Jump to content

The RennTech.org community is Member supported!  Please consider an ANNUAL donation to help keep this site operating.
Click here to Donate

Welcome to RennTech.org Community, Guest

There are many great features available to you once you register at RennTech.org
You are free to view posts here, but you must log in to reply to existing posts, or to start your own new topic. Like most online communities, there are costs involved to maintain a site like this - so we encourage our members to donate. All donations go to the costs operating and maintaining this site. We prefer that guests take part in our community and we offer a lot in return to those willing to join our corner of the Porsche world. This site is 99 percent member supported (less than 1 percent comes from advertising) - so please consider an annual donation to keep this site running.

Here are some of the features available - once you register at RennTech.org

  • View Classified Ads
  • DIY Tutorials
  • Porsche TSB Listings (limited)
  • VIN Decoder
  • Special Offers
  • OBD II P-Codes
  • Paint Codes
  • Registry
  • Videos System
  • View Reviews
  • and get rid of this welcome message

It takes just a few minutes to register, and it's FREE

Contributing Members also get these additional benefits:
(you become a Contributing Member by donating money to the operation of this site)

  • No ads - advertisements are removed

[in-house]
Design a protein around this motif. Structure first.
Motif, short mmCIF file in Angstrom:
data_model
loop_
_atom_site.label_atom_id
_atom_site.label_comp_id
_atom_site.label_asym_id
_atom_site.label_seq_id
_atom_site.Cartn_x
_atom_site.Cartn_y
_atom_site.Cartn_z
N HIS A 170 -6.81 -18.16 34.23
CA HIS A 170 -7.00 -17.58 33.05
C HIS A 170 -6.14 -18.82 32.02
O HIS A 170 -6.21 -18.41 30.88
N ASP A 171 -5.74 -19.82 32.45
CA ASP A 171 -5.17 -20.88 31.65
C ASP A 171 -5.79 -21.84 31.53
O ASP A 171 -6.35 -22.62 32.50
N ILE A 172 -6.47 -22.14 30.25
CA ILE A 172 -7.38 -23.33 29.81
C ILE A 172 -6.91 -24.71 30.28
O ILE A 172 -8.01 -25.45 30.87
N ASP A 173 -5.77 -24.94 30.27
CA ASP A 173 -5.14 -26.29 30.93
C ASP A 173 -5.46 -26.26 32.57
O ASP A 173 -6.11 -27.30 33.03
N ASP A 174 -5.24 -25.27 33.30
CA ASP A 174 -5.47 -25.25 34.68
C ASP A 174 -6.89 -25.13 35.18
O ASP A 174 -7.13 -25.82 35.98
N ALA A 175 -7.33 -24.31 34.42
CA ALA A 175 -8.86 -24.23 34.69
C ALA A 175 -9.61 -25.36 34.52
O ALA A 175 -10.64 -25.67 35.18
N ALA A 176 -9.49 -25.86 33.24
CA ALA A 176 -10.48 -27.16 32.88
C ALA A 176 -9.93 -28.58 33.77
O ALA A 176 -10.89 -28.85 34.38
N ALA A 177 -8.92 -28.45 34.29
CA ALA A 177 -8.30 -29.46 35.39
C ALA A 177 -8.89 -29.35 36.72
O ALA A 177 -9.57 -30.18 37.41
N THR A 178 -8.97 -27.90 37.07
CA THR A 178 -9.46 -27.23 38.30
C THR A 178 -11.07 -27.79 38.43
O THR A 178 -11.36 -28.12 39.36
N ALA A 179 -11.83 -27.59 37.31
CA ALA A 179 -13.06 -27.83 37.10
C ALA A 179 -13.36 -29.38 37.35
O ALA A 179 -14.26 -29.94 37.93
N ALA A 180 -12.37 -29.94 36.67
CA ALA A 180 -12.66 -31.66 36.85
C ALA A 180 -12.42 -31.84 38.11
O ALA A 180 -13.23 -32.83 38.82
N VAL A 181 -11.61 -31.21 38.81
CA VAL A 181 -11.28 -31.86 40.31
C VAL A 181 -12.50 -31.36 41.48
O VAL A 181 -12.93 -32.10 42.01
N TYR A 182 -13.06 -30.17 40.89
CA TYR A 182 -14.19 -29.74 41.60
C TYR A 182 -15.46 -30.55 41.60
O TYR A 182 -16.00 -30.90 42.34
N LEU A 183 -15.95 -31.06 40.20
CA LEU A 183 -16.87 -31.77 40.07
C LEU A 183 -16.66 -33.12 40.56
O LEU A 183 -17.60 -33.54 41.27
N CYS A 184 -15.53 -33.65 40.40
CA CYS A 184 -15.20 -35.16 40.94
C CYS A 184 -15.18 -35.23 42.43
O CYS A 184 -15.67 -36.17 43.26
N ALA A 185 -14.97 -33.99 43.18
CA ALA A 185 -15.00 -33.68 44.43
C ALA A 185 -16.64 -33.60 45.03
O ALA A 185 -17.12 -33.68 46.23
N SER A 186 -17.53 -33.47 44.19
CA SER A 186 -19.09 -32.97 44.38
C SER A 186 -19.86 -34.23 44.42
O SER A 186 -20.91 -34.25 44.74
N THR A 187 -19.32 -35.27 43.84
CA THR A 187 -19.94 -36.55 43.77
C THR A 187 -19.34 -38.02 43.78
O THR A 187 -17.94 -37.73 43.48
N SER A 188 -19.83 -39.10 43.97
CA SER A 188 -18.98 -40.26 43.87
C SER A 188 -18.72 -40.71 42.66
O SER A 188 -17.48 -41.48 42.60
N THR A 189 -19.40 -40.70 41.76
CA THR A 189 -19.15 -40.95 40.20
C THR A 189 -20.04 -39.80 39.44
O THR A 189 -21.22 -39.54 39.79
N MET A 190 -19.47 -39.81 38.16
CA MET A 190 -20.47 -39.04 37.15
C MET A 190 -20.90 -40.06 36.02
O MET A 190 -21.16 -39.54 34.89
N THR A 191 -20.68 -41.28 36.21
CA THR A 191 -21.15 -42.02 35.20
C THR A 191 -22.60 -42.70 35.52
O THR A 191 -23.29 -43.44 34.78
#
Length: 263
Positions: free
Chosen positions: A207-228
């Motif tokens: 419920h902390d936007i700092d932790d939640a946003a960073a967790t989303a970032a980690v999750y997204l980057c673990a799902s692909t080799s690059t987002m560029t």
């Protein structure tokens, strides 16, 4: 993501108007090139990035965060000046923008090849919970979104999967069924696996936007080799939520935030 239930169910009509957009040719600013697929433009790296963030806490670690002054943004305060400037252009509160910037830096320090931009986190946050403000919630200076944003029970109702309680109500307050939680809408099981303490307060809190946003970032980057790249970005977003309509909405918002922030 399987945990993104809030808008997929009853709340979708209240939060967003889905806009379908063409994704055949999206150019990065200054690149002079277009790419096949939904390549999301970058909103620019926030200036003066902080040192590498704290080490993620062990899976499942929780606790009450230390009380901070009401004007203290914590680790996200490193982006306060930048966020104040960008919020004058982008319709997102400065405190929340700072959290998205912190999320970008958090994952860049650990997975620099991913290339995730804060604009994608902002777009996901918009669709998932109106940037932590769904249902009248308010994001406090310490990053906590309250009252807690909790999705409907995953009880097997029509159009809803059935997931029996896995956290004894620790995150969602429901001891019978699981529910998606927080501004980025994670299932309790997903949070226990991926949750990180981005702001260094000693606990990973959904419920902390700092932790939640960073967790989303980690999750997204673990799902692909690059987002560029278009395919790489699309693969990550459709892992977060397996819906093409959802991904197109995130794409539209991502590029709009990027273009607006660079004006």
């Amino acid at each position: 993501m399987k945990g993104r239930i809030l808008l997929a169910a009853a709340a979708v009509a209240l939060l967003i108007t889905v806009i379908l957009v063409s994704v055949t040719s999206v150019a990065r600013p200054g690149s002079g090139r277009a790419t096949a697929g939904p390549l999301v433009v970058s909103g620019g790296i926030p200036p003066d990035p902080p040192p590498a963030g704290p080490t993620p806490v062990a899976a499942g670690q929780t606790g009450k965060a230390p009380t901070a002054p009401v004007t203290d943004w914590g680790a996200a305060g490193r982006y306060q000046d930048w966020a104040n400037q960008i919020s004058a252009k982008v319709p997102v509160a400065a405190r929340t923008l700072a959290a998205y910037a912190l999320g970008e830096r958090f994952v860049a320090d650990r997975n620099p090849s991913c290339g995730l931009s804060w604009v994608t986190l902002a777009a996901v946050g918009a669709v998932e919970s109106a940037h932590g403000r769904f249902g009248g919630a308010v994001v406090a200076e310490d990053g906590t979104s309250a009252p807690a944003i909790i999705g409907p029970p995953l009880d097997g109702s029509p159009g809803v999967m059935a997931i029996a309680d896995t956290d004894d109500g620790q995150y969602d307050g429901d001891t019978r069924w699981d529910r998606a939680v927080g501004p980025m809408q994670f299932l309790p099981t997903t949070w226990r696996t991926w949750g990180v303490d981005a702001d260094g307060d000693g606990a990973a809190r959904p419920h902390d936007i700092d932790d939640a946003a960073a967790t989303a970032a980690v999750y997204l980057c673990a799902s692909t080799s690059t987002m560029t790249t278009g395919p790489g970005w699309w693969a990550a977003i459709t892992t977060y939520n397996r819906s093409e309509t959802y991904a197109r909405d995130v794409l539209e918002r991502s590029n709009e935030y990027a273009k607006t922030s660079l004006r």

• Access the Contributors Only Forum
  • Contributing Members Only Downloads
  • Send attachments with PMs
  • All image/file storage limits are substantially increased for all Contributing Members
  • Option Codes Lookup
  • VIN Option Lookups (limited)

All Activity

This stream auto-updates

  1. Yesterday
  2. Porsche released a technical bulletin on this code, entitled "Complaint - Red Hybrid Warning Message Appears in the Instrument Cluster: Performing Guided Fault Finding Before Doing Any Other Work (106/19)", which cautions against making decisions on replacing the electric motor for this exact code until "As soon as at least one of the specified fault codes is stored as a passive fault in the fault memory, always perform guided fault finding using the PIWIS Tester before doing any other work in order to avoid incorrect repairs – in particular, replacing the electric motor unnecessarily."
  3. Antifreeze is a lot like oil, it has an additive package that controls pH, inhibits corrosion, and lowers the surface tension of the mixture. And like oil, these additive packages break down over time and exposure to heat and metal surfaces, which is why the term "lifetime" antifreeze is a joke. The pH of antifreeze solutions will buffer at a slightly basic pH, over time as the additive's break down, the pH range will shift to slightly acidic, which is not good, particularly in light alloy castings like most modern engines. pH and refractometer freeze points are typica
  4. Great explanation, I understand now. One thing I wanted to ask you is that many coolants come premixed these days with the water so you just add it as-is, no need to mix with water in a specified ratio. So you know when you put it in the ratio is spot on. What is causing that ratio not to stay stable over time? Also just to be sure I understand, the pH test is an alternative to the refractometer, correct? In other words you did either or, not both. Not sure if it's true but I read that using the pH strips is what you use for propylene glycol (check for pH under 7 indicating ac